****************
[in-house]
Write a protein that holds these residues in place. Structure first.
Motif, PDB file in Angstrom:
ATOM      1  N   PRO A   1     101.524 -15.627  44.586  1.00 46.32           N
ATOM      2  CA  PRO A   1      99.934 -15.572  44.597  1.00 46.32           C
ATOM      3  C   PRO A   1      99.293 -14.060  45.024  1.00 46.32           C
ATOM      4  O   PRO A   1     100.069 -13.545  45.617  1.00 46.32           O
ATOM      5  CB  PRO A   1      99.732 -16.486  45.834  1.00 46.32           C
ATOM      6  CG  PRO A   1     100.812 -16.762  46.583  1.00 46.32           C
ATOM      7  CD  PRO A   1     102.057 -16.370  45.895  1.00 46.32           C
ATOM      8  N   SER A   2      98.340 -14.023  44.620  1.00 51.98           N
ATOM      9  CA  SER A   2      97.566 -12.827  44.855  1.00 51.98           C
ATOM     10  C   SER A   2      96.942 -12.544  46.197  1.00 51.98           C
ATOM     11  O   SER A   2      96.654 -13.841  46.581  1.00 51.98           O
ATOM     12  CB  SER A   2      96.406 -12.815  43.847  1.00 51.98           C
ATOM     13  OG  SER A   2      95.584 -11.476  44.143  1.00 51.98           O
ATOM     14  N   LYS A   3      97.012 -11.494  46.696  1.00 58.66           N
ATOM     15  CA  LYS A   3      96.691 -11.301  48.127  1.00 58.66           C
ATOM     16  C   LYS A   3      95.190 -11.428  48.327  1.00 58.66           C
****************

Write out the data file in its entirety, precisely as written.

[in-house]
Write a protein that holds these residues in place. Structure first.
Motif, PDB file in Angstrom:
ATOM      1  N   PRO A   1     101.524 -15.627  44.586  1.00 46.32           N
ATOM      2  CA  PRO A   1      99.934 -15.572  44.597  1.00 46.32           C
ATOM      3  C   PRO A   1      99.293 -14.060  45.024  1.00 46.32           C
ATOM      4  O   PRO A   1     100.069 -13.545  45.617  1.00 46.32           O
ATOM      5  CB  PRO A   1      99.732 -16.486  45.834  1.00 46.32           C
ATOM      6  CG  PRO A   1     100.812 -16.762  46.583  1.00 46.32           C
ATOM      7  CD  PRO A   1     102.057 -16.370  45.895  1.00 46.32           C
ATOM      8  N   SER A   2      98.340 -14.023  44.620  1.00 51.98           N
ATOM      9  CA  SER A   2      97.566 -12.827  44.855  1.00 51.98           C
ATOM     10  C   SER A   2      96.942 -12.544  46.197  1.00 51.98           C
ATOM     11  O   SER A   2      96.654 -13.841  46.581  1.00 51.98           O
ATOM     12  CB  SER A   2      96.406 -12.815  43.847  1.00 51.98           C
ATOM     13  OG  SER A   2      95.584 -11.476  44.143  1.00 51.98           O
ATOM     14  N   LYS A   3      97.012 -11.494  46.696  1.00 58.66           N
ATOM     15  CA  LYS A   3      96.691 -11.301  48.127  1.00 58.66           C
ATOM     16  C   LYS A   3      95.190 -11.428  48.327  1.00 58.66           C